GoSeigen wrote:
absolutezero wrote:
What happens if they 'return capital to shareholders' in the form of a buyback and then the share price drops? Oops.


Why "oops"? The shareholder authorised the buyback at prevailing market prices. She sold her shares back to the company. The price dropped. All looks fine to me.

Oh, you mean what about the remaining holders? Well, of course they considered the buyback price too low to induce them to sell, so they held on. Then the price dropped even further. If they are still bullish about the company they have the perfect opportunity to purchase shares in the market at a discount to the value they perceive the shares to represent. Bingo!

So as I said, why oops?


GS

Not necessarily specifically related to Aviva, but more a general comment.
One reason is they would be much better paying off massive amounts of debt (maybe even entering a net cash situation) to make the company more financially secure rather than engaging in flushing cash down the toilet on share buybacks.
When companies have trouble, it is invariably debt related.


True but this is a problem for creditors, not shareholders (since the capital is not being flushed down the toilet but directly into the shareholders' pockets). Creditors however are protected by company law: buybacks may only be made out of distributable profits; dividends likewise; redemption is written into the company Articles at issue; and capital reduction requires approval of the high court.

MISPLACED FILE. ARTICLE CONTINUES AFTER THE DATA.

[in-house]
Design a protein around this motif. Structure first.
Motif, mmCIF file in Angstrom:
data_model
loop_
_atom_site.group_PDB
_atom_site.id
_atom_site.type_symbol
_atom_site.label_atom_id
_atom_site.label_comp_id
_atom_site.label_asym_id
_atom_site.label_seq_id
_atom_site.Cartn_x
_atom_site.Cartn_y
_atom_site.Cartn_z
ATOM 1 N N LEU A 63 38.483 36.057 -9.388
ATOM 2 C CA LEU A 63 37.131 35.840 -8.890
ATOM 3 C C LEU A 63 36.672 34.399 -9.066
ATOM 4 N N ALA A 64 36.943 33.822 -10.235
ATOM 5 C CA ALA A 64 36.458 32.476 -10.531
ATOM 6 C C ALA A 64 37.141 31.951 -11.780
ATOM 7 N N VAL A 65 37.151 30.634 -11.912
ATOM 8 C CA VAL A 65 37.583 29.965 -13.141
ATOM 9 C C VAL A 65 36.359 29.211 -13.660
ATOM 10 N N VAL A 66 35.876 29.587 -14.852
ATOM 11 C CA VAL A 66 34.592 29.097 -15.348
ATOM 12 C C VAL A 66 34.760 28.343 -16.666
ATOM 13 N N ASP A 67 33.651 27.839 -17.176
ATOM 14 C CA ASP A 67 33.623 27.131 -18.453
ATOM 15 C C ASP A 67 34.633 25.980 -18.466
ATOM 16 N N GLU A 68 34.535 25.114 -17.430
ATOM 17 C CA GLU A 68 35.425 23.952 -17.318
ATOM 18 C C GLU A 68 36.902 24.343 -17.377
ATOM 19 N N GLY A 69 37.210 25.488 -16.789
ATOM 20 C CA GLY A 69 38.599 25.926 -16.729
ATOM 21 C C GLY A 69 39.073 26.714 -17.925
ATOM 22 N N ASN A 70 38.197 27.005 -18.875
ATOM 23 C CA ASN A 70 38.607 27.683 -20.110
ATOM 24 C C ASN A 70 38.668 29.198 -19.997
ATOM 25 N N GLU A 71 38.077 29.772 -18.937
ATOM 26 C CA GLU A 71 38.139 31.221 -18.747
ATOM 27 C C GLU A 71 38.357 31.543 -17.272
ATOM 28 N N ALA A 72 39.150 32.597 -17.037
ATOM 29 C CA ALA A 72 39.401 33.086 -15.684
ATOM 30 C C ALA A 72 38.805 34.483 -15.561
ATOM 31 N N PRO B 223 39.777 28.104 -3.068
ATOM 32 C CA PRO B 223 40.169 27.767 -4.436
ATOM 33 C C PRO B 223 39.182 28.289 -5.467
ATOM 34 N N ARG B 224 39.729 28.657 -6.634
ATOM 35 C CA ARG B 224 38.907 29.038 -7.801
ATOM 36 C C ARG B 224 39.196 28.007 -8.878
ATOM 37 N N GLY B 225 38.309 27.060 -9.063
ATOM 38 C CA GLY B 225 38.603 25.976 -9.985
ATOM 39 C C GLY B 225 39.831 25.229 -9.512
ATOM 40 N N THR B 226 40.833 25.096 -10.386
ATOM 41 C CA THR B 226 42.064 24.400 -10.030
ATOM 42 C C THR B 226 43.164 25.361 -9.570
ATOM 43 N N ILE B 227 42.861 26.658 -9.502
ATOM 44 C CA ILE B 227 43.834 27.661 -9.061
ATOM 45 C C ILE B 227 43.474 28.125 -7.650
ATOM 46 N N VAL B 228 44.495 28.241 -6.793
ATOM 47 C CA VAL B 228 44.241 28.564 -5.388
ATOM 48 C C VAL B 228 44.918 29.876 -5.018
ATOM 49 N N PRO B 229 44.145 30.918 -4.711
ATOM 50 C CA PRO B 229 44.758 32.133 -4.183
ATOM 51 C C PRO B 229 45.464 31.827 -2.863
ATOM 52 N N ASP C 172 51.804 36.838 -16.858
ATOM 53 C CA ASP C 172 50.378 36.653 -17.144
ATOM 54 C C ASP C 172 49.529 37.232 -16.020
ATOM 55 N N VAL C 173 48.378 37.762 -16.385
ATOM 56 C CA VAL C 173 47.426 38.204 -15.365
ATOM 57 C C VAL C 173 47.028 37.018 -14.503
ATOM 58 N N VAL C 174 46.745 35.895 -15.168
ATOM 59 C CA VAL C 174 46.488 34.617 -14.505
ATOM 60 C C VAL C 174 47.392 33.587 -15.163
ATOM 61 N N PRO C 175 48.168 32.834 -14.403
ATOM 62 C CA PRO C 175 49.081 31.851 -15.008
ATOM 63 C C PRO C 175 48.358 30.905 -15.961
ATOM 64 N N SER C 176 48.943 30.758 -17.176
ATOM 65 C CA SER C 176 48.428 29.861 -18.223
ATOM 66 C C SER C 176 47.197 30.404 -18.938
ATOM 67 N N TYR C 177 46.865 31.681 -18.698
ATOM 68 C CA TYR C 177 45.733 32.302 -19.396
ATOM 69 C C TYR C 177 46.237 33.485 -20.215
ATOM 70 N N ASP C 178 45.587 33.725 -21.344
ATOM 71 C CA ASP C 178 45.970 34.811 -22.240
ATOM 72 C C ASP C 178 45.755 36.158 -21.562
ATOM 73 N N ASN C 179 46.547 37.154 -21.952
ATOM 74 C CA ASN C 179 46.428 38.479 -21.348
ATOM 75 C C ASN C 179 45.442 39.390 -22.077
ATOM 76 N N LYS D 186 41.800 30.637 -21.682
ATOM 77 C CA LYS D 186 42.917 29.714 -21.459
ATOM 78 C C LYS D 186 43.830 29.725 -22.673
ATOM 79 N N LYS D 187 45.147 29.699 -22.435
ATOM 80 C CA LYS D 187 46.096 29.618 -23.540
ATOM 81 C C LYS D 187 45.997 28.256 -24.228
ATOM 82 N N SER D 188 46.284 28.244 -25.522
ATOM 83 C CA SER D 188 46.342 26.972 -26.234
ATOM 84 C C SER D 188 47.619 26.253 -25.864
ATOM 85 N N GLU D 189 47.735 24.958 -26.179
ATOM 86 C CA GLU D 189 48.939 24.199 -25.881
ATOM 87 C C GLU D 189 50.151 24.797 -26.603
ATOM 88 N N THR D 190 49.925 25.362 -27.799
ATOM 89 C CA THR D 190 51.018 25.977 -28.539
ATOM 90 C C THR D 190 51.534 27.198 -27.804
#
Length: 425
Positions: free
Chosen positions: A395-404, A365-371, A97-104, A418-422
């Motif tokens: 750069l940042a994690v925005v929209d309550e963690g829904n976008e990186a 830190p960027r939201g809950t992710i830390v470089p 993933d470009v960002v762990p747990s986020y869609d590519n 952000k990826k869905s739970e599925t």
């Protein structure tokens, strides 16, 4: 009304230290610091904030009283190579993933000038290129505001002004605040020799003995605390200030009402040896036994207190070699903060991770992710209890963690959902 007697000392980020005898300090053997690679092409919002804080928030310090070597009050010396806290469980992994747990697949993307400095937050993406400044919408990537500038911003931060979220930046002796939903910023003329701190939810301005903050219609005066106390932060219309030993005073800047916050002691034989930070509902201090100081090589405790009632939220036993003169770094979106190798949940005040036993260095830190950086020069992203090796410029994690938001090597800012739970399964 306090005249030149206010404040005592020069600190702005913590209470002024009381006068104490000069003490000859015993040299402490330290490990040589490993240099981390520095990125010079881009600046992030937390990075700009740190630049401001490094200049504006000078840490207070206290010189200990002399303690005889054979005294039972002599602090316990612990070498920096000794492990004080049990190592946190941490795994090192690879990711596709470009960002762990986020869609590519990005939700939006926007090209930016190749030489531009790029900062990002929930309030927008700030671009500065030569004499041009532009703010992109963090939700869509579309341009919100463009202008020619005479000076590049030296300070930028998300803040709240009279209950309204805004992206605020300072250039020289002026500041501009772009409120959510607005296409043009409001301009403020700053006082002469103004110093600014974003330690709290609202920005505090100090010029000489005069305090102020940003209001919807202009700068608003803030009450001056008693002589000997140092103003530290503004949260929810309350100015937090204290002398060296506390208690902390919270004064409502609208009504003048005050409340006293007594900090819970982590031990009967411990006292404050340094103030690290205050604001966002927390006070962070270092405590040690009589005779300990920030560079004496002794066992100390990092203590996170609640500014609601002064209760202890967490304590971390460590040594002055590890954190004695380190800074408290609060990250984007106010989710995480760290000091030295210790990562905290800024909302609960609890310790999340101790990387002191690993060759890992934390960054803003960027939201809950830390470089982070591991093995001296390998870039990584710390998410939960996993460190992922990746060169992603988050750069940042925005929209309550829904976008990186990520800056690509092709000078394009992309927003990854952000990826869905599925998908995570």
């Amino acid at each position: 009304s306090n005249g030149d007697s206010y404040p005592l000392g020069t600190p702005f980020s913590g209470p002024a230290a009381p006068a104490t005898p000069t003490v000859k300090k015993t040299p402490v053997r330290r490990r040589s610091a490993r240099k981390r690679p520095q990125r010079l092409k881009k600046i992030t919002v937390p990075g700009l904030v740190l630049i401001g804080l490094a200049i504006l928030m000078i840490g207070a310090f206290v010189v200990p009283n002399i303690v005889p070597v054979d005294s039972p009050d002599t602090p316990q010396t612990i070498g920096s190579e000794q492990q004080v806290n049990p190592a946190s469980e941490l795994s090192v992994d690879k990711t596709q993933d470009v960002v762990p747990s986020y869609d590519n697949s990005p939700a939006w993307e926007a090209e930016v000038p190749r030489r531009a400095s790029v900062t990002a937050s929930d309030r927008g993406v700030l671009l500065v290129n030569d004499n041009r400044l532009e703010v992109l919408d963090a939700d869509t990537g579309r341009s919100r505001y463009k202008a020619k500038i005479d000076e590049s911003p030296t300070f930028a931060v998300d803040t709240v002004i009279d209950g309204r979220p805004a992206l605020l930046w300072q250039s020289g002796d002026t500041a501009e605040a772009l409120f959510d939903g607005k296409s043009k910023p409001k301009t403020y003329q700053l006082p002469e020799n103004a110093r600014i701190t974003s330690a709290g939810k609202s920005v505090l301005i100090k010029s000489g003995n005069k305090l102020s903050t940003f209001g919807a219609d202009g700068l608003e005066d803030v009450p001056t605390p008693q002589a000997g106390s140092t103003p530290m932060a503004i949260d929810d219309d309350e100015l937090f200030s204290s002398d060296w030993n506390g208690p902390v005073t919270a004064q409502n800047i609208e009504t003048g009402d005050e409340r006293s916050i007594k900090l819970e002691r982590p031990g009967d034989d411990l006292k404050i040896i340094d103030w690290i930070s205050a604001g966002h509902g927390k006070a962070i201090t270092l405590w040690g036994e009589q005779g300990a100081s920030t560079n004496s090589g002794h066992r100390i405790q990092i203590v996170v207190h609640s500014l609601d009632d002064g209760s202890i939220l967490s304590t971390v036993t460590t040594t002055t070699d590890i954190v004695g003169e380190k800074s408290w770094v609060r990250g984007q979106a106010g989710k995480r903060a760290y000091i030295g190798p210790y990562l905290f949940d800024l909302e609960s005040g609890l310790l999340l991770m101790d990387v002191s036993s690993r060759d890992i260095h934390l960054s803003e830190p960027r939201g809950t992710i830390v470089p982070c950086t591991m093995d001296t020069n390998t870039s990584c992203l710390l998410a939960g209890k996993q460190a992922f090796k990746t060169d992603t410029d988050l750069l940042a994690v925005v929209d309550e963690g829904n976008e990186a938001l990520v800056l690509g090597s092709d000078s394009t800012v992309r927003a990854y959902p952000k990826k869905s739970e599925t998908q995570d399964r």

Besides, how does a company repay "massive amounts of debt" if they only have a small amount of free capital to return to shareholders? Or do you mean pay off a little bit of the debt instead of distributing that capital? [And just in case you query the figures, Lloyds Bank for example has around £1tr of liabilities. Their buybacks this year would amount to (guessing) around 5% of their £35bn market cap; so 5% of £35bn equals 1.75bn -- which will barely make a dent in the £1tr debt, most of which is probably funded at close to 0% anyway. So repaying debt would be a very dubious activity from the shareholders' PoV.]

GS

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Re: Aviva (AV.)

#416545

Postby absolutezero » June 1st, 2021, 11:05 am

GoSeigen wrote:True but this is a problem for creditors, not shareholders (since the capital is not being flushed down the toilet but directly into the shareholders' pockets)

Please do let me know precisely how much has been flushed directly into your pocket after the event.

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Re: Aviva (AV.)

#418201

Postby Steveam » June 8th, 2021, 6:32 pm

From today’s FT

“Europe’s largest activist investor Cevian has built a 5 per cent stake in Aviva and is pressing the FTSE 100 insurer to make deeper cost cuts and return £5bn to shareholders.

“Aviva has been poorly managed for many years, and its high-quality core businesses have been held back by high costs and a series of bad strategic decisions,” said Christer Gardell, Cevian’s co-founder.

Shares in Aviva rose 3.3 per cent to £4.24 after Cevian released a statement on Tuesday morning.”

Best wishes,

Steve